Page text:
Director: Takashi Katagiri Screenwriter: Ichirō Ōkouchi Cast: Takuya Eguchi, Atsumi Tanezaki, Saori Hayami Distributor: Toho Running Time: 110 min. MPAA: PG-13

There is a level of admiration I have for the mounting twists and comical misunderstandings that make Spy x Family fun. The antics of three people keeping secrets from each other, with their family unit being a perfect cover, has had its moments of charm. However, that charm is tested with Code: White, the first film for the show that plays out like an elongated episode without the same level of excitement and detours.

The best thing that can be said about the film, however, is that it doesn’t require much foreknowledge of the TV series. Newcomers will be quickly informed on the trio of Loid, the spy trying to be a husband and father, Yor, the assassin trying to a wife and mother, and Anya, the kid psychic who knows both their secrets and wants to keep the family together. In order for Loid to keep this family facade from cracking, he aims to get closer to a secret organization by helping Anya rise up in her school rank and attain access to elite events in the city. To do this, Loid aims for Anya to bake the best dessert for her cooking class and figures the best way to do this is with a field trip to a snowy country where the best desserts are made.

The stakes feel incredibly low for this adventure, considering that there are numerous alternatives and telegraphed reveals. Loid’s quest for the perfect dessert should be enough of a drive for his family-save trip, but a secondary plot presents itself with a smuggled microfilm by the violent military of the snowy region. Yor’s fears of Loid having an affair are exaggerated from the start, and there’s no fear about whether or not Loid and Yor will continue their marriage cover. As for Anya, she does her usual thing of venturing off into action and struggling to preserve the bond between her adoptive parents. All of them will face a bog-standard evil military leader and a generic cyborg with a minigun arm.

For a film about spies, there’s little to no surprises with how early everything is revealed. Consider the scene where Loid puts on the disguise of a military official and the two identical people battle each other in front of troops. The troops might not be able to tell them apart, but the audience will as the direction falls back on internal monologues and color-coded bodies to let you know which character is Loid. Watching this movie feels like a spy film with cheat codes enabled, where the family dog has a clairvoyant power that spoils much of the plot. With the twists and schemes all unfolding early, there’s a sensation of how needlessly elongated everything feels. Bits that could be amusing, like Anya’s poop god fantasy, go on for far too long. The same goes for Yor’s divorce fears, which are padded with flashbacks to the rumored signs of an affair she hears from her coworkers. It’s also disheartening that Yor’s arc is reduced to paranoia that the film seems almost completely to forget about her assassin skills until the third act.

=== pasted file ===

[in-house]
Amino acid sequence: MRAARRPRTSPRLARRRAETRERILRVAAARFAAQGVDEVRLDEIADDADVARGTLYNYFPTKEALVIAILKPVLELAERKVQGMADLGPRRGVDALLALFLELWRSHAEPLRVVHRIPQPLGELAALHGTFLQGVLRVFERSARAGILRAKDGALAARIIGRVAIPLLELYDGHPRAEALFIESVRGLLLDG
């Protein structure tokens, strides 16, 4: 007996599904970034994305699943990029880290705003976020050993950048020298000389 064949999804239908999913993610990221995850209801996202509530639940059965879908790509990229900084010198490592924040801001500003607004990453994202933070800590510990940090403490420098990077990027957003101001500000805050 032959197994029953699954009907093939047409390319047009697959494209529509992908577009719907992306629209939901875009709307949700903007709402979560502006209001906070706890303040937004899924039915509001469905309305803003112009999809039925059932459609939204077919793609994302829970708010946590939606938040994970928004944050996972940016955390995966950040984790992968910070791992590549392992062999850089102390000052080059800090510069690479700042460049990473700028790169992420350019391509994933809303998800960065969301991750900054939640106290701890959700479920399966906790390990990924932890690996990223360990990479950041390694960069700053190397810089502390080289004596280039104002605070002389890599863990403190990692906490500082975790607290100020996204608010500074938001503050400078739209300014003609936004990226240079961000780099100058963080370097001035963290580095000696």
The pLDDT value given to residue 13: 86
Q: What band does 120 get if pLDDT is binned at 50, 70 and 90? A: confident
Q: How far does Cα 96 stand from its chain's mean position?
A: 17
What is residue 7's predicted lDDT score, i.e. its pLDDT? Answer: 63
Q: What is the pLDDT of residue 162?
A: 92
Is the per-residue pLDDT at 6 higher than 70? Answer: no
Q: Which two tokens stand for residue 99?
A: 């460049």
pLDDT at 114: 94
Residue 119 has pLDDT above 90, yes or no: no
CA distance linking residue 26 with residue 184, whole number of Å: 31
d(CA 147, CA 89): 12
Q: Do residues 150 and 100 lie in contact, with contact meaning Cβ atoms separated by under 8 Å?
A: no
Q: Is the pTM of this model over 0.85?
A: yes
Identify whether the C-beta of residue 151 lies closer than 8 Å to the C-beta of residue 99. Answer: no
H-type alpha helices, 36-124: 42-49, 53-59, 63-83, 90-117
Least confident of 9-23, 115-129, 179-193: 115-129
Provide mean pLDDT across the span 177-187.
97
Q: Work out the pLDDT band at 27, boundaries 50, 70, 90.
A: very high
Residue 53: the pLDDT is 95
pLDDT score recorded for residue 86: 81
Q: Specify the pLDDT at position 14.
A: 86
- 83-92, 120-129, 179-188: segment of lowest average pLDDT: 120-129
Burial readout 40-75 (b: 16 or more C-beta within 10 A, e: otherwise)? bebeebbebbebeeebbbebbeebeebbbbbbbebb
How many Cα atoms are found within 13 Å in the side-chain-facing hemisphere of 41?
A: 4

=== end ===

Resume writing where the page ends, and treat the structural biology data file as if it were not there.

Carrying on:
Despite some quality animation, Code: White feels like an average Spy x Family episode that is too long and simplistic to be as enduring as the show. While I never expected the film to present anything all that shocking as an unexpected character death or a major revelation of the family unit, the way the film spins its wheels with it usual antics feels less compelling in this meandering story. It has moments here and there of finding stuff for the trio to do, but it never seems to place enough trust in the audience to deliver a more twist-heavy adventure. Scenes of Yor getting drunk to confront Loid about infidelity and Loid’s romantic gestures being met with the obligatory embarassed-girl slap just don’t pack a punch in this picture. It’s a self-contained vacation movie where it feels like all the stuff that made the anime so great also went on vacation.

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